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Circ Res. 1995 Dec;77(6):1040-52.

Rapamycin selectively inhibits angiotensin II-induced increase in protein synthesis in cardiac myocytes in vitro. Potential role of 70-kD S6 kinase in angiotensin II-induced cardiac hypertrophy.

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  • 1Division of Cardiology, University of Michigan Medical Center, Ann Arbor 48109-0644, USA.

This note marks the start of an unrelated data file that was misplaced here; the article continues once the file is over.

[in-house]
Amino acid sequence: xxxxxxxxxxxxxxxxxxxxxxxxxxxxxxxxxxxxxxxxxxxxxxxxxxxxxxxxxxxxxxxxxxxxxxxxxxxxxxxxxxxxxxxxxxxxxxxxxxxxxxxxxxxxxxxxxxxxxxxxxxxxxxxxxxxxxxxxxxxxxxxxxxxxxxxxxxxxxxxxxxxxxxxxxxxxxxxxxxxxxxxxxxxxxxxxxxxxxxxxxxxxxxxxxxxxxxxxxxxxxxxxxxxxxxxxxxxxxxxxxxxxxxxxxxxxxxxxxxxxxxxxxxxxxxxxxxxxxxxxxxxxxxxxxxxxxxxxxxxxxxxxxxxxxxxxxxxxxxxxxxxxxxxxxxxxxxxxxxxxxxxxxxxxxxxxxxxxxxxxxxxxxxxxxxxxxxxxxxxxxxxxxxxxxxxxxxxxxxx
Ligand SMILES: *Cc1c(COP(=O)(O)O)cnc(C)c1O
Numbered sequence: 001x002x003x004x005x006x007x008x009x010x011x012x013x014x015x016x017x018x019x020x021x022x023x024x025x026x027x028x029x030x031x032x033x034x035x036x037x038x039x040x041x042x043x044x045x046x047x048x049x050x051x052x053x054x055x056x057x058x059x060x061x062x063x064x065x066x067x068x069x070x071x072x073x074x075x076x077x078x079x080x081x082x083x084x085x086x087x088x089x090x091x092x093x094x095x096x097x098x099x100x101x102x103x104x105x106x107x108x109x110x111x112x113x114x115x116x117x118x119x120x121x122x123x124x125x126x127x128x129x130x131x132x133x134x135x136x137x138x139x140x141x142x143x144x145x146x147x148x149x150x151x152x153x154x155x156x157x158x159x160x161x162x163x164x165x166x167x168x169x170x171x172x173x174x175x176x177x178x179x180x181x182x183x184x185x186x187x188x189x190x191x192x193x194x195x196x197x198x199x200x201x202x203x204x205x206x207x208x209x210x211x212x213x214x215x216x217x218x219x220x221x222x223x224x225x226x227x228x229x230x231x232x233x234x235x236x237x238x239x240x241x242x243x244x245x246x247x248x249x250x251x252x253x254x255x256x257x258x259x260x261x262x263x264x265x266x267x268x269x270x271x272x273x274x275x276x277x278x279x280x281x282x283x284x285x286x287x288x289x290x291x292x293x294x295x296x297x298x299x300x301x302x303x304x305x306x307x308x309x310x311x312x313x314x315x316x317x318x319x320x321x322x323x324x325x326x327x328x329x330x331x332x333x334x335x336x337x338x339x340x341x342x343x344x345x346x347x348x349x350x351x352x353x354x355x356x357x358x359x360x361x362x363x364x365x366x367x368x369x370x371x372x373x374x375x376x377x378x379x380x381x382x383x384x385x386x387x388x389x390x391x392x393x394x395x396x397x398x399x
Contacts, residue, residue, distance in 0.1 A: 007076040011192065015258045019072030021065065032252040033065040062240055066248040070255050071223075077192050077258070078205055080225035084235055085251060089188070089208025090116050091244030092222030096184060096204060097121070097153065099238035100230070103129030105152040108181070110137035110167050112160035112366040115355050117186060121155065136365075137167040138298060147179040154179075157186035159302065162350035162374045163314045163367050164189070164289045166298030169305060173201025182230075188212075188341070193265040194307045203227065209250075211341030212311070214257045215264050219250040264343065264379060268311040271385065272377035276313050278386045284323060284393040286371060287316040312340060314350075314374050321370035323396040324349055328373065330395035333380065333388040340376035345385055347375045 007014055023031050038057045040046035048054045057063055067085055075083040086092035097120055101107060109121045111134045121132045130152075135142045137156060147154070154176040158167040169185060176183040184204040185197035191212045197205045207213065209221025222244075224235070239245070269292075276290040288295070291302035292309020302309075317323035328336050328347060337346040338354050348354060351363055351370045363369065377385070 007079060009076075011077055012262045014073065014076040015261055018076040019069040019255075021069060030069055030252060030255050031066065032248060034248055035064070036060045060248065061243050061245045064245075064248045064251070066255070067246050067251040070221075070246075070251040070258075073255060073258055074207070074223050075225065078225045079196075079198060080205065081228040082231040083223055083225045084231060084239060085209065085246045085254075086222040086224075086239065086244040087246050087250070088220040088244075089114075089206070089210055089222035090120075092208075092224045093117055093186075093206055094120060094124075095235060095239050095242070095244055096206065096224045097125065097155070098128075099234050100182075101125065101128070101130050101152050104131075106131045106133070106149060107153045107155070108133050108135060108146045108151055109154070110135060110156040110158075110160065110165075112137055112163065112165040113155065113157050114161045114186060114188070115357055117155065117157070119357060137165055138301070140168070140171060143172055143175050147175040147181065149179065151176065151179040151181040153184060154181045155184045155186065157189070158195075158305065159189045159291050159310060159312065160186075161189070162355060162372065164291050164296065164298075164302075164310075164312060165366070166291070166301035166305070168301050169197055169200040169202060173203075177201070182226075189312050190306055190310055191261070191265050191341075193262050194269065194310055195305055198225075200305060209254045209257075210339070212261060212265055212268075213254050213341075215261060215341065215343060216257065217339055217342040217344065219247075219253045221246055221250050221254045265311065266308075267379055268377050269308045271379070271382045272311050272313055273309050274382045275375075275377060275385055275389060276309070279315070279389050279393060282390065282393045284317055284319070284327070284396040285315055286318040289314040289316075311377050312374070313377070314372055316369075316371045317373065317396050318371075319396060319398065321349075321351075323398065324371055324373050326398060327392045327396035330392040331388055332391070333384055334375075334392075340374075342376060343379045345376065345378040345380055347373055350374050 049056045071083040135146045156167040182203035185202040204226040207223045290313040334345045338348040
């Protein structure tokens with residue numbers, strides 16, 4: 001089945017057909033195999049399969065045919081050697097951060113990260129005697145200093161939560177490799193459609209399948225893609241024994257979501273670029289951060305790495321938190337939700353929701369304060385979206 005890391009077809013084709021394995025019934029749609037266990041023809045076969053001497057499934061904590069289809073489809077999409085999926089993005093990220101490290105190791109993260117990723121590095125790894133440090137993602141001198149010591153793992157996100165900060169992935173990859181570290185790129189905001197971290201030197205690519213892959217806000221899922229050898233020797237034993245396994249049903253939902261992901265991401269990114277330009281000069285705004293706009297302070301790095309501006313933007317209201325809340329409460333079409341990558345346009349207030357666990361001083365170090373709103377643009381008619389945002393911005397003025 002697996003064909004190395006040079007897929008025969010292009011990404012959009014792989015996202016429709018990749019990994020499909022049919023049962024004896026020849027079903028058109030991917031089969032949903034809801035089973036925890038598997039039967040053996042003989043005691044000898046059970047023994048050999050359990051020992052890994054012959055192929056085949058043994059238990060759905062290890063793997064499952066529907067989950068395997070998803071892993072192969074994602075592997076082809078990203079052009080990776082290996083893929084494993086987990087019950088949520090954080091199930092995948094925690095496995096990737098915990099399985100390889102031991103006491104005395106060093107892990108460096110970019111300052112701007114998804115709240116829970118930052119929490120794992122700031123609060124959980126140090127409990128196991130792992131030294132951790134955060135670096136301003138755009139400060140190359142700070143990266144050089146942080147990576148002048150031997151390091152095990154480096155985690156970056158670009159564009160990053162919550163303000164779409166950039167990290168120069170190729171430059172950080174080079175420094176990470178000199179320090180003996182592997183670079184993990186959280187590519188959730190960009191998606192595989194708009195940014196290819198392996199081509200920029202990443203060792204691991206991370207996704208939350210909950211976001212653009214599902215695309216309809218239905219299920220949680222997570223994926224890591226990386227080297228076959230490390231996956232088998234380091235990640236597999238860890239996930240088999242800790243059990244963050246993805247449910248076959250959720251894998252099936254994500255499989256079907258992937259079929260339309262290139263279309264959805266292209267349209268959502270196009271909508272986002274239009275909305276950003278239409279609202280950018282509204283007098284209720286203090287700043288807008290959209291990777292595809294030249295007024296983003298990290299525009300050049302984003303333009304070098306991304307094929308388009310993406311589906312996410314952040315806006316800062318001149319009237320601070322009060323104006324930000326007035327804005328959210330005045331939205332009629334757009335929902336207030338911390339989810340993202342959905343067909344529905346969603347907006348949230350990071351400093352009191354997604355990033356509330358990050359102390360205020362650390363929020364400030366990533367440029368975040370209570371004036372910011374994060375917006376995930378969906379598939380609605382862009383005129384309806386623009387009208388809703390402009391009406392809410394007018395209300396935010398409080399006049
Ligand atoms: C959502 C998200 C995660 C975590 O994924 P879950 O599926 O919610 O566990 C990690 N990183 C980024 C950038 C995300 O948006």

It has been suggested that phosphorylation of a 40S ribosomal protein, S6, regulates protein synthesis. Two distinct families of S6 kinase have been identified, the rsk-encoded 85- to 92-kD S6 kinase (RSK) and the 70- or 85-kD S6 kinase (p70S6K). We have previously shown that hypertrophic stimuli, such as angiotensin II (Ang II), rapidly activate RSK in cardiac myocytes. However, RSK and p70S6K are regulated by distinct mechanisms, and p70S6K, but not RSK, is the physiological S6 kinase in vivo in other cell types. Using cultured neonatal rat ventricular myocytes, we examined whether Ang II activates p70S6K and investigated the effect of rapamycin, a potent yet indirect inhibitor of p70S6K, on the Ang II-induced hypertrophic response. Immunoblot analyses indicate that cardiac myocytes express the 70- and 85-kD forms of p70s6K. Ang II caused a rapid and sustained activation of p70S6K through the type I Ang II receptor. Rapamycin inhibited Ang II-induced activation of p70S6K in a dose-dependent manner, with an IC50 of 0.14 ng/mL (0.15 nmol/L). Rapamycin did not inhibit Ang II-induced activation of tyrosine kinase, mitogen-activated protein kinase, RSK, and protein kinase C. The effect of rapamycin is unlikely to be mediated by its effect on p34cdc2 and p33cdk2 because Ang II did not activate these cell cycle-dependent kinases in cardiac myocytes. In contrast, a dose-dependent inhibition of p70S6K by rapamycin is very closely correlated with its inhibition of the Ang II-induced increase in protein synthesis. Interestingly, rapamycin did not affect the Ang II-induced activation of specific gene expression, including the immediate-early gene c-fos and fetal type genes, such as atrial natriuretic factor and skeletal alpha-actin. Moreover, rapamycin did not suppress Ang II-induced phenotypic changes at the protein level, such as increased atrial natriuretic factor secretion, expression of beta-myosin heavy chain, and organization of actin into sarcomeric units. These results indicate that p70S6K is activated by Ang II and that a rapamycin-sensitive signaling mechanism, most likely p70S6K, plays an essential role in the Ang II-induced increase in overall protein synthesis but not in Ang II-induced specific phenotypic changes in cardiac myocytes.

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